This week on The Clone Wars: Ahsoka is on the run some more in "To Catch a Jedi." Unlike many episodes of the series, this one is actually really exciting, giving us a chance to look at the lower levels of Coruscant (and we get so close to level 1313) as we get glimpses into just who (probably) really did set up the Jedi temple bombing a couple of weeks ago. While we don't meet many new characters, old familiar faces are back and will continue to make you mad that Hasbro isn't making more toys of these designs. Spoilers and video after the break.
Aping the action and music of the original Star Wars once more, this episode was a finely-crafted specimen. Ahsoka continues her star turn as basically the center of the entire season, helming both some of the best and worst episodes of the year. This is one of the best, and there aren't too many new character models on display... although I am willing to bet the sets were expensive. One of the most fascinating parts of Star Wars are the criminal underworld, the reaches in which alien life forms survive in, frankly, bad neighborhoods. The worst, really. Why we haven't spent more time in this parts of the galaxy is beyond me, I always find it to be a huge treat whenever we see the Hutts or the bowels of the Republic's crown jewel.
The plot: Well, the title gives it away. Anakin and Plo Koon are dispatched by the Jedi Council to bring in Ahsoka for questioning/trial/public floggings, so this is another chase episode. Ahsoka attempts to disguise herself with a cloak on the lower levels of the planet, which would probably be effective if she didn't land directly in front a bunch of police officers. She can't catch a break, but she does briefly team up with Asajj Ventress for what may be the greatest single Clone Trooper beat-down since Yoda and Obi-Wan Kenobi sliced and diced their way through the 501st Legion in Revenge of the Sith.
The one big new thing that you just can't miss is a sort of a Gunship/TIE Fighter hybrid, two of which are dispatched by the Jedi and look a little funky. They seem a little over-designed in the same sense of some vehicles from the 1990s video games and Expanded Universe in general... the elegant simplicity of the other craft was left behind in favor of beating you over the head with a "The Republic Is Turning Into The Empire" aesthetic. We also got to see some probes being dispatched and they were pretty simple. Flying olives, really.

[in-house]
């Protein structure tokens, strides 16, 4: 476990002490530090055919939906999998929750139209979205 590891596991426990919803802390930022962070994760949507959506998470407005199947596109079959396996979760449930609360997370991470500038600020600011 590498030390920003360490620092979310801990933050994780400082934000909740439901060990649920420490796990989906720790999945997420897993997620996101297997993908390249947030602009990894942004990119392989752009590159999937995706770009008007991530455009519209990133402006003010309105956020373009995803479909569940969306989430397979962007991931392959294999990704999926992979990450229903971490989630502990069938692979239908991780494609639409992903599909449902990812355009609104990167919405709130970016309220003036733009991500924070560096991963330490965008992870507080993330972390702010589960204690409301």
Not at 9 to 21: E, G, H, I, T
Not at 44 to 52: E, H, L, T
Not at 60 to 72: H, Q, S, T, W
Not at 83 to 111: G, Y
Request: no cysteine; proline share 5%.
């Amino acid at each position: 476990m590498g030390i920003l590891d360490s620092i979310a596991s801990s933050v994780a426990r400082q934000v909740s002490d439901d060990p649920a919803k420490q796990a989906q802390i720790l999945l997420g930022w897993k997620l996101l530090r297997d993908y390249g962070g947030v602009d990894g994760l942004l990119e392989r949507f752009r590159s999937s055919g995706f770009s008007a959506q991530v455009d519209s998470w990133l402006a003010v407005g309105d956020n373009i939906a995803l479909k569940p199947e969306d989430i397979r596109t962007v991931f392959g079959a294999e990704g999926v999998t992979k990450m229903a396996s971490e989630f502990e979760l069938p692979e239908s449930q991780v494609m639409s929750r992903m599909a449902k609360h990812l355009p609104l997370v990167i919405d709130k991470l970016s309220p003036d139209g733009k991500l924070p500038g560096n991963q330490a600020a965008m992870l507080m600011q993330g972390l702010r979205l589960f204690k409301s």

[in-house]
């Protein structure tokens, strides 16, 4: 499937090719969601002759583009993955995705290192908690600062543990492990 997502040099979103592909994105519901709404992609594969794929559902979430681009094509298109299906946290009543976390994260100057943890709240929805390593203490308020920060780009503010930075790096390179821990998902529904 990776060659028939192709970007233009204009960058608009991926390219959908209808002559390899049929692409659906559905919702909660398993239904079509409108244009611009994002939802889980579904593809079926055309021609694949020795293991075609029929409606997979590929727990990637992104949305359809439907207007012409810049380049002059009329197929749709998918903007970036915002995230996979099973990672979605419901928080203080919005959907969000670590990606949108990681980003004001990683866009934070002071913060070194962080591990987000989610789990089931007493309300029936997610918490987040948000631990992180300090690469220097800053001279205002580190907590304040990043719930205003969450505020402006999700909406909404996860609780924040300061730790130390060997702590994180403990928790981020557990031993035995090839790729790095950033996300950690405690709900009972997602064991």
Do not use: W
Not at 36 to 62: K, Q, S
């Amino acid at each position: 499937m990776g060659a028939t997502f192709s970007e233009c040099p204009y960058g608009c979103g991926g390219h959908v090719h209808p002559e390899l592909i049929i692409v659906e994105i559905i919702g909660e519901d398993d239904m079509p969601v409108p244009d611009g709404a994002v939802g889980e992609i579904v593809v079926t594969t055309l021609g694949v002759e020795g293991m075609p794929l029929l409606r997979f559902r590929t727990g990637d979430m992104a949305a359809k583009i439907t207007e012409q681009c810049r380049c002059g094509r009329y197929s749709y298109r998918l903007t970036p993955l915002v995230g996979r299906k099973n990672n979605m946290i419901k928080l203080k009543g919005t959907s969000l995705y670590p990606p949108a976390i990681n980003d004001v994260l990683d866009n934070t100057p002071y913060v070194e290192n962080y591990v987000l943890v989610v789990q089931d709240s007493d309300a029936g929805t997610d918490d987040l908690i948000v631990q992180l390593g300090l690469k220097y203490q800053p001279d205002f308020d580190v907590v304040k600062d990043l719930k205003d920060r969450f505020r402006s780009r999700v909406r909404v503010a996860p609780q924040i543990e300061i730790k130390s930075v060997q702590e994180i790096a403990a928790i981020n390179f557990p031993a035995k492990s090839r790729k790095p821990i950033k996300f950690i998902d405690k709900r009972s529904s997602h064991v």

Ahsoka seemingly has a friend with the Jedi, although that's up for debate as we watch Barriss Offee throughout the episode. Ahsoka contacts her on what appears to be a pay phone, and Ms. Offee gives her "clues" which ultimately lead into her capture by the Jedi. There's a pretty nifty intense fight between "Asajj Ventress" and Ahsoka, after Asajj gets her mask stolen, which would probably be more dramatic if they didn't tip their hat regarding just who was in the mask until after the fight. The fake Ventress' quick moves are sort of a dead giveaway as well. The episode's moral is a bit of a red herring, which tips the audience to betrayal but not necessarily by the person you might have expected.
We had some really fantastic music this week, although maybe we didn't. I remember hearing that the best sign of a good soundtrack is if you don't notice it, and this one reeked of John Williams and the original trilogy - it was really good, and it fit the mood of the show quite nicely. This was a great episodes all by itself, although seeing just how much exposition they can cram into the opening 20 seconds shows how the writers may be chafing under the weekly format. This arc might have been a better "movie," but we'll know for sure next week as we watch a trial, because if there's one thing I need more of in my action-adventure show for kids it's due process and senate arguments.
Takeaway from this week:
Asajj Ventress may be the best-developed character in the entire series, it's a crying shame she doesn't get more screen time this season. Or more plastic.
The Jedi Council sure are untrustworthy old grouches, aren't they?
Tarkin = Douchebag
I expect this era will be the "good old days" for a lot of fans, sort of like how I held fast to the TV projects of the 1980s. The key difference is that The Clone Wars had better ideas for toys, making this sort of a botched 22-minute toy commercial.
Next time: The season (and series' run on Cartoon Network) comes to an end with "The Wrong Jedi." The show isn't on Cartoon Network's Fall Schedule, will it be on Disney XD? Will the unaired episodes go direct-to-video? Will Ahsoka survive? (Sure.)
See you then!